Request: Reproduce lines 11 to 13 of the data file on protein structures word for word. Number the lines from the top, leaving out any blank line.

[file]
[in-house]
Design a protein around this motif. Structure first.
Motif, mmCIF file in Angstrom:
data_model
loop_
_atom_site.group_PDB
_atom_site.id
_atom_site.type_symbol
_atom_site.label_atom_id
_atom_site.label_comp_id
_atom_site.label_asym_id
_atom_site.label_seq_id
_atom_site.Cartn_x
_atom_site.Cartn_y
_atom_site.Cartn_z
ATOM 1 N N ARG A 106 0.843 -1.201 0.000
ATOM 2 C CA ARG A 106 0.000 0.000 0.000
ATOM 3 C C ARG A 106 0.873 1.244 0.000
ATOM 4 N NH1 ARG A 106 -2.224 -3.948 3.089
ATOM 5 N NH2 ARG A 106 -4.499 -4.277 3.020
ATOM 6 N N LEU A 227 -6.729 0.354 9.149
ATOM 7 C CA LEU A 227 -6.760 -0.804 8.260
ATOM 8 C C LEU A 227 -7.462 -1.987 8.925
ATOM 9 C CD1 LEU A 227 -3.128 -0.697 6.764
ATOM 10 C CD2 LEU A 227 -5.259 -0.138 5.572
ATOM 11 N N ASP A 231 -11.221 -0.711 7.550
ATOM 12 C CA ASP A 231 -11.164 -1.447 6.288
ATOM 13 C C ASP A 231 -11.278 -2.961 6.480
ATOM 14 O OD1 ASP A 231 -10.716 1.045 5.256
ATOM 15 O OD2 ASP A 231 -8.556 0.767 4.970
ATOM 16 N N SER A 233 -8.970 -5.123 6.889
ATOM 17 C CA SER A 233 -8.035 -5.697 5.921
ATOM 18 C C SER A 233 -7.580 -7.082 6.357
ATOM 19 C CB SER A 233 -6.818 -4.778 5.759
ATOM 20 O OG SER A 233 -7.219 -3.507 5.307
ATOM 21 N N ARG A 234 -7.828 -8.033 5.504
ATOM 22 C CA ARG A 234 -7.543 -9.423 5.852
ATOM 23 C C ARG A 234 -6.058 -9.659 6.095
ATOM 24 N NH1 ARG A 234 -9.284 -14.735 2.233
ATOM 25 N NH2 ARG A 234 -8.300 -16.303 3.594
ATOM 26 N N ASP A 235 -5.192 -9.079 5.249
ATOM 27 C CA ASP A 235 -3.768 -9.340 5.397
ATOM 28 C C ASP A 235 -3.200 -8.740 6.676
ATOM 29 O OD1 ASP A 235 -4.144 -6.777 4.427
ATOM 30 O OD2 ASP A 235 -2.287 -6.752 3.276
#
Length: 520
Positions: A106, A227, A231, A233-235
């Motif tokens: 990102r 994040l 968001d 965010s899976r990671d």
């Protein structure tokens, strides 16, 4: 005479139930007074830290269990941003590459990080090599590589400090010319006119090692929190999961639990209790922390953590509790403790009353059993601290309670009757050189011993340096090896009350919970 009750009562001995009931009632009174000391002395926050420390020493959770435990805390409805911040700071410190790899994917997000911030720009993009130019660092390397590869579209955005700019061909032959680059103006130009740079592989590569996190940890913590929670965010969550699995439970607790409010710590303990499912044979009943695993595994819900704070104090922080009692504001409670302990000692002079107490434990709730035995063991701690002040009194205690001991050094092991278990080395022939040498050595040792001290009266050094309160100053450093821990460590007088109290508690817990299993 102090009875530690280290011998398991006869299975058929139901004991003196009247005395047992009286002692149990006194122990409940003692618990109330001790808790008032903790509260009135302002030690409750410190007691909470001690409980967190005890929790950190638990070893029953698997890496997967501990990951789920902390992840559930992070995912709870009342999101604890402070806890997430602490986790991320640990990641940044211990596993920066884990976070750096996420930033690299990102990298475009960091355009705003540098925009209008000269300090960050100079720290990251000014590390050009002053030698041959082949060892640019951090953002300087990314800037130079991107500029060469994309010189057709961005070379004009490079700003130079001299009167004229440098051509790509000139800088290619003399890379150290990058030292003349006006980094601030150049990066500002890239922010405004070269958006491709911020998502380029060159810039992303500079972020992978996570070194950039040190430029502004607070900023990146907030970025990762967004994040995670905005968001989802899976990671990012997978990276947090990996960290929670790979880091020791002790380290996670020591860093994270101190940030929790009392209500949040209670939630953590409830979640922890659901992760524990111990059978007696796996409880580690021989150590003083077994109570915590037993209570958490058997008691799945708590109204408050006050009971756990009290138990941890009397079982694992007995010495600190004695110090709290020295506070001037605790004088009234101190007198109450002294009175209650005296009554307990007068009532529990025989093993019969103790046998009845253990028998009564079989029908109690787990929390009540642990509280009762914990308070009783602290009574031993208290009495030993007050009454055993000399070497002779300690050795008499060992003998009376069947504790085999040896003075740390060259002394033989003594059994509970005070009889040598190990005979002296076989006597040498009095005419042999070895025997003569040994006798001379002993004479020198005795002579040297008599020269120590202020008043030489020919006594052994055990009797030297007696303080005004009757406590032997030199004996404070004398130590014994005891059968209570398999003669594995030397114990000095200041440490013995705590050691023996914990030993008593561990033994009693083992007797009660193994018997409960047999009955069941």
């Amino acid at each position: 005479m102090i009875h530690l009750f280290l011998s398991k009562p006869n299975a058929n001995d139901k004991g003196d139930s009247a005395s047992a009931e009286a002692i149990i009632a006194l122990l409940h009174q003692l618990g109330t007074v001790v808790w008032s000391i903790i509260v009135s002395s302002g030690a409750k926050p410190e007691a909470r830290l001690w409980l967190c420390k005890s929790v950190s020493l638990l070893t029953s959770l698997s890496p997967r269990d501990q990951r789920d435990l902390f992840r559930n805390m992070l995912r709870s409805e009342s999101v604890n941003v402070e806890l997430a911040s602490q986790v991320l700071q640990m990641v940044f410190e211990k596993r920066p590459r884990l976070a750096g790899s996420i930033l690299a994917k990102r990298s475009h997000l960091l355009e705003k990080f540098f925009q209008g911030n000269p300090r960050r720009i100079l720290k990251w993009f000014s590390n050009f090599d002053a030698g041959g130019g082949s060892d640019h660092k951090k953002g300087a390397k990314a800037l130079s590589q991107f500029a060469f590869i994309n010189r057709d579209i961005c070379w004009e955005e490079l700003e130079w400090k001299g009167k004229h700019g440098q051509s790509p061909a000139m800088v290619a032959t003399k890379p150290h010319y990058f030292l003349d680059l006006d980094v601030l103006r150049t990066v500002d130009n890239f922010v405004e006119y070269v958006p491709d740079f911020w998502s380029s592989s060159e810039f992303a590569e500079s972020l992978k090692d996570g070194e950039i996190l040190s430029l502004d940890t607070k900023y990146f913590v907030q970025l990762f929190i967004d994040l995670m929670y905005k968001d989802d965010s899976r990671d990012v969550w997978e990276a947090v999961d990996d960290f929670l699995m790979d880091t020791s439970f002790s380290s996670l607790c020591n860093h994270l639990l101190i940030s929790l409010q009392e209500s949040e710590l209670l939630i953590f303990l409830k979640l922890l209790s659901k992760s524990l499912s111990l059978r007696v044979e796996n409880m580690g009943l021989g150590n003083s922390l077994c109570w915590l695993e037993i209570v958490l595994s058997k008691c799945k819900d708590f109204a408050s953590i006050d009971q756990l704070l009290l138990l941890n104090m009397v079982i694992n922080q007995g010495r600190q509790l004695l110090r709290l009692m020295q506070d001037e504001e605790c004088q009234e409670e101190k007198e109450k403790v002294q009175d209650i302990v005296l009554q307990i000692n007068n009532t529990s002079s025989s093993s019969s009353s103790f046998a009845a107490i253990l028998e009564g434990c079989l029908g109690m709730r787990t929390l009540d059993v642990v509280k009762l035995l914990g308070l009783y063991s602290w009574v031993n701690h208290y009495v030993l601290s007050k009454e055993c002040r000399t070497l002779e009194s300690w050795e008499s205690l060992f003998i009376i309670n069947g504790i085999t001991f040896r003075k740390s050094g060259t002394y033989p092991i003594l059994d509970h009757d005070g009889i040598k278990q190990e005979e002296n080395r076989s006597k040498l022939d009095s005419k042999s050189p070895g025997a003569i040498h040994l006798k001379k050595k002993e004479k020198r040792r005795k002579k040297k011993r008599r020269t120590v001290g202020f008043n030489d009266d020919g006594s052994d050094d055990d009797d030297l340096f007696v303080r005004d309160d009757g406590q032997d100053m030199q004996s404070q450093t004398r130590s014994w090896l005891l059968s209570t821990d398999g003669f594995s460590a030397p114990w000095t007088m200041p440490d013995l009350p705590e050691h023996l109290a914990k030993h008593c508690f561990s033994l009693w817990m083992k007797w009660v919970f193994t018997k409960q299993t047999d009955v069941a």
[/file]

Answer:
_atom_site.label_asym_id
_atom_site.label_seq_id
_atom_site.Cartn_x